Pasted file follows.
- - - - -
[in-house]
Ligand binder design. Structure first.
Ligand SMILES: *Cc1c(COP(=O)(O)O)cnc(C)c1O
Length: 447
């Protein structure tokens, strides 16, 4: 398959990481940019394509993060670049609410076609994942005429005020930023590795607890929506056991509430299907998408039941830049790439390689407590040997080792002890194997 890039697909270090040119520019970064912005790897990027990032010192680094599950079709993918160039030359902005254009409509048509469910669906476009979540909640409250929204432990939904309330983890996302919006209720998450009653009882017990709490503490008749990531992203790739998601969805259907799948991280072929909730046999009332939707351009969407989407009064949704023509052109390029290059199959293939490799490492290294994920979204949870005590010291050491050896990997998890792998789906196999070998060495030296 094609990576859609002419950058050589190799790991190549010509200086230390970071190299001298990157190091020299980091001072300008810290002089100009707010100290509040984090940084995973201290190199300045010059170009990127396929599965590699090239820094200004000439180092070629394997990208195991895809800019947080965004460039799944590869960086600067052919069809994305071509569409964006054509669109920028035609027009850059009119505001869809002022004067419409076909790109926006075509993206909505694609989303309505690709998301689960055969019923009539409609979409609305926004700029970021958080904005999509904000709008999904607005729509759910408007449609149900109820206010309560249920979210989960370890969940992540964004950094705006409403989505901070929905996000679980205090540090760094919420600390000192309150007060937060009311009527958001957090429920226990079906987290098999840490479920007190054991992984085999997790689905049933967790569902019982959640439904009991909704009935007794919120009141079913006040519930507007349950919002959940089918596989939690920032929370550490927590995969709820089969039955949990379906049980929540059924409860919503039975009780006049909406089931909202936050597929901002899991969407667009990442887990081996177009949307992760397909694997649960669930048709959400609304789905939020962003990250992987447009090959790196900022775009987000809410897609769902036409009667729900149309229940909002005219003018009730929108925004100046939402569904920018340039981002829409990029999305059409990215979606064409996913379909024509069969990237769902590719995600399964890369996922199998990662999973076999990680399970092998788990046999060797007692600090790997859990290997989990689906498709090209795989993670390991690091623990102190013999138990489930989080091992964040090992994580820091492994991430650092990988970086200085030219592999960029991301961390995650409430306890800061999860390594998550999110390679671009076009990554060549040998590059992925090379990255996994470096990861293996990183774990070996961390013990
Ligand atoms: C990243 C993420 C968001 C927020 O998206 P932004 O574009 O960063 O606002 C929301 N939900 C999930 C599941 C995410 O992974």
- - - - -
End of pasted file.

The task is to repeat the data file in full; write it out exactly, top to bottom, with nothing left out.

[in-house]
Ligand binder design. Structure first.
Ligand SMILES: *Cc1c(COP(=O)(O)O)cnc(C)c1O
Length: 447
């Protein structure tokens, strides 16, 4: 398959990481940019394509993060670049609410076609994942005429005020930023590795607890929506056991509430299907998408039941830049790439390689407590040997080792002890194997 890039697909270090040119520019970064912005790897990027990032010192680094599950079709993918160039030359902005254009409509048509469910669906476009979540909640409250929204432990939904309330983890996302919006209720998450009653009882017990709490503490008749990531992203790739998601969805259907799948991280072929909730046999009332939707351009969407989407009064949704023509052109390029290059199959293939490799490492290294994920979204949870005590010291050491050896990997998890792998789906196999070998060495030296 094609990576859609002419950058050589190799790991190549010509200086230390970071190299001298990157190091020299980091001072300008810290002089100009707010100290509040984090940084995973201290190199300045010059170009990127396929599965590699090239820094200004000439180092070629394997990208195991895809800019947080965004460039799944590869960086600067052919069809994305071509569409964006054509669109920028035609027009850059009119505001869809002022004067419409076909790109926006075509993206909505694609989303309505690709998301689960055969019923009539409609979409609305926004700029970021958080904005999509904000709008999904607005729509759910408007449609149900109820206010309560249920979210989960370890969940992540964004950094705006409403989505901070929905996000679980205090540090760094919420600390000192309150007060937060009311009527958001957090429920226990079906987290098999840490479920007190054991992984085999997790689905049933967790569902019982959640439904009991909704009935007794919120009141079913006040519930507007349950919002959940089918596989939690920032929370550490927590995969709820089969039955949990379906049980929540059924409860919503039975009780006049909406089931909202936050597929901002899991969407667009990442887990081996177009949307992760397909694997649960669930048709959400609304789905939020962003990250992987447009090959790196900022775009987000809410897609769902036409009667729900149309229940909002005219003018009730929108925004100046939402569904920018340039981002829409990029999305059409990215979606064409996913379909024509069969990237769902590719995600399964890369996922199998990662999973076999990680399970092998788990046999060797007692600090790997859990290997989990689906498709090209795989993670390991690091623990102190013999138990489930989080091992964040090992994580820091492994991430650092990988970086200085030219592999960029991301961390995650409430306890800061999860390594998550999110390679671009076009990554060549040998590059992925090379990255996994470096990861293996990183774990070996961390013990
Ligand atoms: C990243 C993420 C968001 C927020 O998206 P932004 O574009 O960063 O606002 C929301 N939900 C999930 C599941 C995410 O992974």